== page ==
Uveodermatologic syndrome (UDS) is an autoimmune disorder that most often strikes Nordic dog breeds like Akitas, Samoyeds and Siberian Huskies.
The disease causes the dog’s immune system to attack its own healthy body cells, especially those of the eyes and skin. Managing UDS is a lifelong struggle, but by staying, vigilant you can stave off blindness.
Symptoms of UDS include red, irritated eyes and loss of skin pigmentation on the nose, lips, eyelids and paw pads. The hair coat may also prematurely whiten. Since the skin issues are merely cosmetic, treatment tends to focus on stopping the disease from attacking the light-sensing cells of the eyes, which can lead to permanent blindness.
Should you notice that your Husky’s eyes are red, seem to be painful, or are sensitive to light, seek veterinary care immediately. You may also notice that your dog’s eyes appear cloudy, the pupils are always constricted, or that he or she has begun to bump into things in low light.
The exact cause of the disease has not been pinpointed, although some researchers believe it is induced by a virus. The effects of UDS are ongoing and require life-long attention and treatment in order to preserve the affected dog’s sight.
Most laboratory tests tend to appear normal in dogs with UDS, so diagnosis of the disease is usually made through physical and ophthalmic examination and by examining tissue samples.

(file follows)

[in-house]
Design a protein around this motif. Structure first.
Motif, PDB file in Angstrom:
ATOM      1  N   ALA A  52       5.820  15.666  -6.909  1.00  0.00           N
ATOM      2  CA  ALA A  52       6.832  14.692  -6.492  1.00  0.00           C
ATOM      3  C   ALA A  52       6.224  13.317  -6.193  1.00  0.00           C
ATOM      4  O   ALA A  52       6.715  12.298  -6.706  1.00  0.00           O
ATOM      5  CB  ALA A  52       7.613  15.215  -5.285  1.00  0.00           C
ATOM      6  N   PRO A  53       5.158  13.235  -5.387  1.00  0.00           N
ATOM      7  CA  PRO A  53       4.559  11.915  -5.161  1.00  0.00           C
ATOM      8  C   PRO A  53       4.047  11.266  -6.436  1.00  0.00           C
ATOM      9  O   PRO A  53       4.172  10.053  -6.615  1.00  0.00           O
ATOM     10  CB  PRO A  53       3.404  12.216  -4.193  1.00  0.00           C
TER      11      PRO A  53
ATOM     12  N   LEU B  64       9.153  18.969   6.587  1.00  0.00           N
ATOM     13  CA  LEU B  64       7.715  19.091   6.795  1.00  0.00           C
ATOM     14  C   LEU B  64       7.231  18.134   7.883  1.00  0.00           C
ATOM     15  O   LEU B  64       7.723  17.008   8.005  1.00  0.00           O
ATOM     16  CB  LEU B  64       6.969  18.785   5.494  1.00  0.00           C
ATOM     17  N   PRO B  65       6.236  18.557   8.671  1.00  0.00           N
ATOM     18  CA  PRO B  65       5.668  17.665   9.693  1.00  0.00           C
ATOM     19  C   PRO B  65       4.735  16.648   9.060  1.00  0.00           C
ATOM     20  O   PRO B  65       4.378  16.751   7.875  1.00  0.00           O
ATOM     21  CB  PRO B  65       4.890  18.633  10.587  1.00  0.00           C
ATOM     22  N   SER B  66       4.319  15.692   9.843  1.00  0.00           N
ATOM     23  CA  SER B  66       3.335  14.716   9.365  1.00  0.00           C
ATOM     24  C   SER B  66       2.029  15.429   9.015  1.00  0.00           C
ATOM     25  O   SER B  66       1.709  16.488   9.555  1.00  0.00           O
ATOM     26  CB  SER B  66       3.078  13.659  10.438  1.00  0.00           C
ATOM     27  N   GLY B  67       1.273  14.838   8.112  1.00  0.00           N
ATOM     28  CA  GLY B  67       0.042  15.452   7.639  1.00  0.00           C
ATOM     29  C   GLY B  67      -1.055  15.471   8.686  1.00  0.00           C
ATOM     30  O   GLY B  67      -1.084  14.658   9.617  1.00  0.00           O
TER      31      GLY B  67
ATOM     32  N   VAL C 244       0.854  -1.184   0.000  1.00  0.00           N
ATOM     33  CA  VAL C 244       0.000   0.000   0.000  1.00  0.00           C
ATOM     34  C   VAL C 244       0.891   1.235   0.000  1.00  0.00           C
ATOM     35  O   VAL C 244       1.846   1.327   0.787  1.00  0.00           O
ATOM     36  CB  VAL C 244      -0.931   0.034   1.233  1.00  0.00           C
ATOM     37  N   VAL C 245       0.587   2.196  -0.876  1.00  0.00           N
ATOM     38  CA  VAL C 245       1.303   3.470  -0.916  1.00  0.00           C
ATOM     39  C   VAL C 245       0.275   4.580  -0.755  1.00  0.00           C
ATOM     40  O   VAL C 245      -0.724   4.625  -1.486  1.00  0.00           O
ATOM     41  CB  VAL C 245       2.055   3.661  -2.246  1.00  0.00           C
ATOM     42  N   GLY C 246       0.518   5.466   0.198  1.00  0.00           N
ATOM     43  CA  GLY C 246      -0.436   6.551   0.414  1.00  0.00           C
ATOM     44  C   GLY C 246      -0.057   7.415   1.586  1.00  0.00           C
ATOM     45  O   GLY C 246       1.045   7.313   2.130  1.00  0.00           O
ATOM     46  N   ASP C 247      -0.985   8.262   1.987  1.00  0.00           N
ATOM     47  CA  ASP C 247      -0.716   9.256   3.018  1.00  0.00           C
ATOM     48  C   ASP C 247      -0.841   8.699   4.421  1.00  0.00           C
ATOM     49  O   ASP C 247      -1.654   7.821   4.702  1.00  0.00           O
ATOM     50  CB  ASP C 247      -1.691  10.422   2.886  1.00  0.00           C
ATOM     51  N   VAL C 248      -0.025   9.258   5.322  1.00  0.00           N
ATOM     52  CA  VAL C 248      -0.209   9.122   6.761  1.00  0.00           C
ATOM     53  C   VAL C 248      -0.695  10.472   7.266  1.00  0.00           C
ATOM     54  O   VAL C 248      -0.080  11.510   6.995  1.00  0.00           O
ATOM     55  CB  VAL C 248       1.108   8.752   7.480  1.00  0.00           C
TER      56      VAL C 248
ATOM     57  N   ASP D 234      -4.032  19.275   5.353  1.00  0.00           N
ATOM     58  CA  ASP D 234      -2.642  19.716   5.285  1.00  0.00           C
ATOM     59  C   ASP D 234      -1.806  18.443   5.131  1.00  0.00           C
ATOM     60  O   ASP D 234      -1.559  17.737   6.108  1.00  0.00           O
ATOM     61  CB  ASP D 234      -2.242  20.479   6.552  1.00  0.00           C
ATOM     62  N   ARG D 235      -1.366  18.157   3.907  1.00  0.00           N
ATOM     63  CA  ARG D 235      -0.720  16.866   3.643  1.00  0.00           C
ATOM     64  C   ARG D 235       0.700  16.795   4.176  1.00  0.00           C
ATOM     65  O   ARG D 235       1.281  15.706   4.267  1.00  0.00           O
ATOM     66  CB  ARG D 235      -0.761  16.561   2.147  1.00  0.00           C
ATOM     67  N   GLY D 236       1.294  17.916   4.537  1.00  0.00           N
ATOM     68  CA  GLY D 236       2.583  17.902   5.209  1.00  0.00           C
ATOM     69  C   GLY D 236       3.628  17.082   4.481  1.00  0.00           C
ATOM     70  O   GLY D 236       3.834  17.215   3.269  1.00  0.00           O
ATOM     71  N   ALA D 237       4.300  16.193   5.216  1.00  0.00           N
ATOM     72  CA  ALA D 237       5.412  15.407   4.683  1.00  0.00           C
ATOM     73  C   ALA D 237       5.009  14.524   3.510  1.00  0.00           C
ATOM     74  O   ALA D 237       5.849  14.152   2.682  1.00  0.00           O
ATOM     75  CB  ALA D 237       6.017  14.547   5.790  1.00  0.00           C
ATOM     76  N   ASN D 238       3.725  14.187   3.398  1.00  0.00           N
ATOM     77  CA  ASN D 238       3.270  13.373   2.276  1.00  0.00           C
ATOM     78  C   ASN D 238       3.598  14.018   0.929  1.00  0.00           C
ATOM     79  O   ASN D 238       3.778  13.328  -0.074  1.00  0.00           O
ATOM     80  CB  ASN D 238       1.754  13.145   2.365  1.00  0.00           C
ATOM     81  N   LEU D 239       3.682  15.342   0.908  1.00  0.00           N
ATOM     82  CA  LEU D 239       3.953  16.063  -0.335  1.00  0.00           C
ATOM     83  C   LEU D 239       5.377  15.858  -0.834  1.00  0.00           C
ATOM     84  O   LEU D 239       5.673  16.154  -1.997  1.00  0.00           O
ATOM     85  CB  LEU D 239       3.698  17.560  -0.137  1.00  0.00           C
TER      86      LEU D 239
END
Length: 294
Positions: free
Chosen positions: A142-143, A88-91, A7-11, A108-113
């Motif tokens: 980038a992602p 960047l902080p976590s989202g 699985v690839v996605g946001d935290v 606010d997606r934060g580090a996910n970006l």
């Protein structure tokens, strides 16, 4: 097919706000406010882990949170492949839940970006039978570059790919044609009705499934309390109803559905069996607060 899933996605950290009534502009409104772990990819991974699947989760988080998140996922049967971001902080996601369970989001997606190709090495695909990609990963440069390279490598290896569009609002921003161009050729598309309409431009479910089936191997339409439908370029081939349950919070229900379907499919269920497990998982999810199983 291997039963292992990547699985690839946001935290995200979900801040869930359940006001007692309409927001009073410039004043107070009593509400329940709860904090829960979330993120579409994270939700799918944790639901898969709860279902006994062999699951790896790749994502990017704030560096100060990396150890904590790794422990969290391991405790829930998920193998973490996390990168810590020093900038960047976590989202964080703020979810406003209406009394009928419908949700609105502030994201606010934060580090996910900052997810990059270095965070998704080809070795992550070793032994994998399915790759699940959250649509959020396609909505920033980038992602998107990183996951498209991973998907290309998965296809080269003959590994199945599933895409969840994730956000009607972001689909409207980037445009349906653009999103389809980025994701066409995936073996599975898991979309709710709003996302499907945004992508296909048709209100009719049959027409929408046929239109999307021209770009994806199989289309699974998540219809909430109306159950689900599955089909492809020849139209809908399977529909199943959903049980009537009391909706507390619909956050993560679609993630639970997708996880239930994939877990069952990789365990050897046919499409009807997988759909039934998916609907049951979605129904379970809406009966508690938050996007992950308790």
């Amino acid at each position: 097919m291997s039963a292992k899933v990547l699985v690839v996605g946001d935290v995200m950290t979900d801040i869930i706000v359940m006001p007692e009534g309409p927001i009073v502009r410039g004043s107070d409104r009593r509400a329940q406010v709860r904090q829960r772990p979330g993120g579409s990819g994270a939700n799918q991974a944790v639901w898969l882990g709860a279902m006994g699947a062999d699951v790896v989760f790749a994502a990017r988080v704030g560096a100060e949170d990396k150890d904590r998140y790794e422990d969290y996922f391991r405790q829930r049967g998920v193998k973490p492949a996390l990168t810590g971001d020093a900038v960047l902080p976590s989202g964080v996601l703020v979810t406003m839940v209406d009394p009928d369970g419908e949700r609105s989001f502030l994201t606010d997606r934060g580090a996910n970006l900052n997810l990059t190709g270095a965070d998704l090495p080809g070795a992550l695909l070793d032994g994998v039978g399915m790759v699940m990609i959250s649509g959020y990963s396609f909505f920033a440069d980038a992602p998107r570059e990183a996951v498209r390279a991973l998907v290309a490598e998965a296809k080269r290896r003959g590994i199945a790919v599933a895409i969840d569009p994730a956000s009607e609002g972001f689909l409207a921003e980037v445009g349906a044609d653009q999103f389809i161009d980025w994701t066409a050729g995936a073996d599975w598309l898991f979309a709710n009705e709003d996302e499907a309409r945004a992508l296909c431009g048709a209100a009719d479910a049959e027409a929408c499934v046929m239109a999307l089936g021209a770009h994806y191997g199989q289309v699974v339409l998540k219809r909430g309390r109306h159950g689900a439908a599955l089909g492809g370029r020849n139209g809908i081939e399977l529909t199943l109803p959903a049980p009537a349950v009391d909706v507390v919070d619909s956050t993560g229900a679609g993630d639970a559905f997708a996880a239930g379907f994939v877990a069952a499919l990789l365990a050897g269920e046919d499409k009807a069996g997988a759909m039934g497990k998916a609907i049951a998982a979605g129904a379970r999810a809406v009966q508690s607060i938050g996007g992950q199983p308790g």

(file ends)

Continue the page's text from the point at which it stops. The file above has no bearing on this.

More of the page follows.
Once it is determined that your Husky has UDS, your vet will immediately begin a regimen of immunosuppressants to keep the immune system from continuing to attack the skin and eyes. Eye drops will be prescribed also.
Unfortunately, the damage to the eyes tends to be progressive and recurrent, with the need for constant veterinary monitoring, plus on and off immunosuppressant therapy. While these drugs help slow that damage from UDS, they can also have several unpleasant side effects like weight gain and frequent infections.
Although Uveodermatologic syndrome is rare, its effects can be devastating, so it is important to watch your Husky closely for any symptoms and to be sure to have your veterinarian perform an eye exam during each visit.
H/T to VetStreet.com